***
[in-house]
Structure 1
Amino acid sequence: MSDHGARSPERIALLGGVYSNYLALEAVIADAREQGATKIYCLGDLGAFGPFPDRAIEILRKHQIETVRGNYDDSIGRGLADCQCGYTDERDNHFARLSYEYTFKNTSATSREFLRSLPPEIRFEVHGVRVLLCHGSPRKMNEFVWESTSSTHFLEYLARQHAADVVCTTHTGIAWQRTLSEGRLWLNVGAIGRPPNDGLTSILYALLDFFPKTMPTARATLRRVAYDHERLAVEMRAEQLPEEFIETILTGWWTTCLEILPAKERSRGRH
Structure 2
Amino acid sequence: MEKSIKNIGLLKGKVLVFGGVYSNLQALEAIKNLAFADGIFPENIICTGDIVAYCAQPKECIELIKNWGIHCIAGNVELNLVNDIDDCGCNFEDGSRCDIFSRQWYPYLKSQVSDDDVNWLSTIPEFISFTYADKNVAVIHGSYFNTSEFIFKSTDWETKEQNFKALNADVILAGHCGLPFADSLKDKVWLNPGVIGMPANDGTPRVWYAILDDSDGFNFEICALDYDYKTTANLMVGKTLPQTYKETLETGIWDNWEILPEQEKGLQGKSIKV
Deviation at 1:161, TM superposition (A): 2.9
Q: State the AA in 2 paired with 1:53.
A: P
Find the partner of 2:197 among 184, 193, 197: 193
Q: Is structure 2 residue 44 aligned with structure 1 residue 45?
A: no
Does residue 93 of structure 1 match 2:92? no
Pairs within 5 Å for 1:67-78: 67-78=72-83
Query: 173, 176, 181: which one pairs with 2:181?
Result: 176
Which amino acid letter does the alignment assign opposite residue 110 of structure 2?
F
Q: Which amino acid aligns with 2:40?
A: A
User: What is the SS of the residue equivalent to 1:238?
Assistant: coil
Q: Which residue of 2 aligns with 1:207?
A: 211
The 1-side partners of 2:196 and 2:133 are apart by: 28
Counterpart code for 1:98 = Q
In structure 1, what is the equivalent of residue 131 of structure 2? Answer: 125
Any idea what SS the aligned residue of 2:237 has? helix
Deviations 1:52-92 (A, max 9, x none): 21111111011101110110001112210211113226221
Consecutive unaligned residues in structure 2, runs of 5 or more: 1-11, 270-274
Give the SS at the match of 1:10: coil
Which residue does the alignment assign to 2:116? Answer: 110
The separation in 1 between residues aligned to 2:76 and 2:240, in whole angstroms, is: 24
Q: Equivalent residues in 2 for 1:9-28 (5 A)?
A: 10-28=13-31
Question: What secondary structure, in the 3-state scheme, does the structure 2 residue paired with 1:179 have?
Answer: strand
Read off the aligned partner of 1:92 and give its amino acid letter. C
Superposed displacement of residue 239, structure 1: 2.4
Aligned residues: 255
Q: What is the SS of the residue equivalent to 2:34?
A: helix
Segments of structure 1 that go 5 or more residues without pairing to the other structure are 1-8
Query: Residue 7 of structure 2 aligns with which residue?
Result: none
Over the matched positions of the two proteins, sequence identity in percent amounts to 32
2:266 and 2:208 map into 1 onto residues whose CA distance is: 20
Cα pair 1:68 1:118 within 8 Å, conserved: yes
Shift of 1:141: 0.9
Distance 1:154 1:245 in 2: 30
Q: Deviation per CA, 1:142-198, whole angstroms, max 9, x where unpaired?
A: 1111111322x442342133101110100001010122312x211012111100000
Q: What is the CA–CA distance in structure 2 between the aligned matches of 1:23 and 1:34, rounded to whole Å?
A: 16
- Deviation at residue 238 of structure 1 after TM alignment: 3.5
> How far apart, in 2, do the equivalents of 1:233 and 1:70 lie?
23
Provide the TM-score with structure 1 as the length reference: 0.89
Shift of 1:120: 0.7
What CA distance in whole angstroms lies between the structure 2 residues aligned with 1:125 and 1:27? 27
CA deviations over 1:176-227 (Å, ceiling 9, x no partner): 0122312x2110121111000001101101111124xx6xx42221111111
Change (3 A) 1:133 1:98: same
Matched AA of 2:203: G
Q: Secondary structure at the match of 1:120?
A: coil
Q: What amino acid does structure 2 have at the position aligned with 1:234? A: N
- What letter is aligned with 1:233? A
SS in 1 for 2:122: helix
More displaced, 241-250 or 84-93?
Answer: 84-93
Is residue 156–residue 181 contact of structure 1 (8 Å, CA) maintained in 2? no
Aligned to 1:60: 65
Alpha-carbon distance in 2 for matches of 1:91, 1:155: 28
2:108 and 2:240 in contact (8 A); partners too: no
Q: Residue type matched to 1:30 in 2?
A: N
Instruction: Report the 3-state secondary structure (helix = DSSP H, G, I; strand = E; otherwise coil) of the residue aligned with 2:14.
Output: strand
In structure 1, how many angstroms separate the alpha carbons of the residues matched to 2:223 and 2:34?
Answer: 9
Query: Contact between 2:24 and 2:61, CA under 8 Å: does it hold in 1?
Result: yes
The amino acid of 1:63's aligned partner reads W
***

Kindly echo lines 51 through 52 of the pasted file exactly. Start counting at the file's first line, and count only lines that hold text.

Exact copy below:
A: 1111111322x442342133101110100001010122312x211012111100000
Q: What is the CA–CA distance in structure 2 between the aligned matches of 1:23 and 1:34, rounded to whole Å?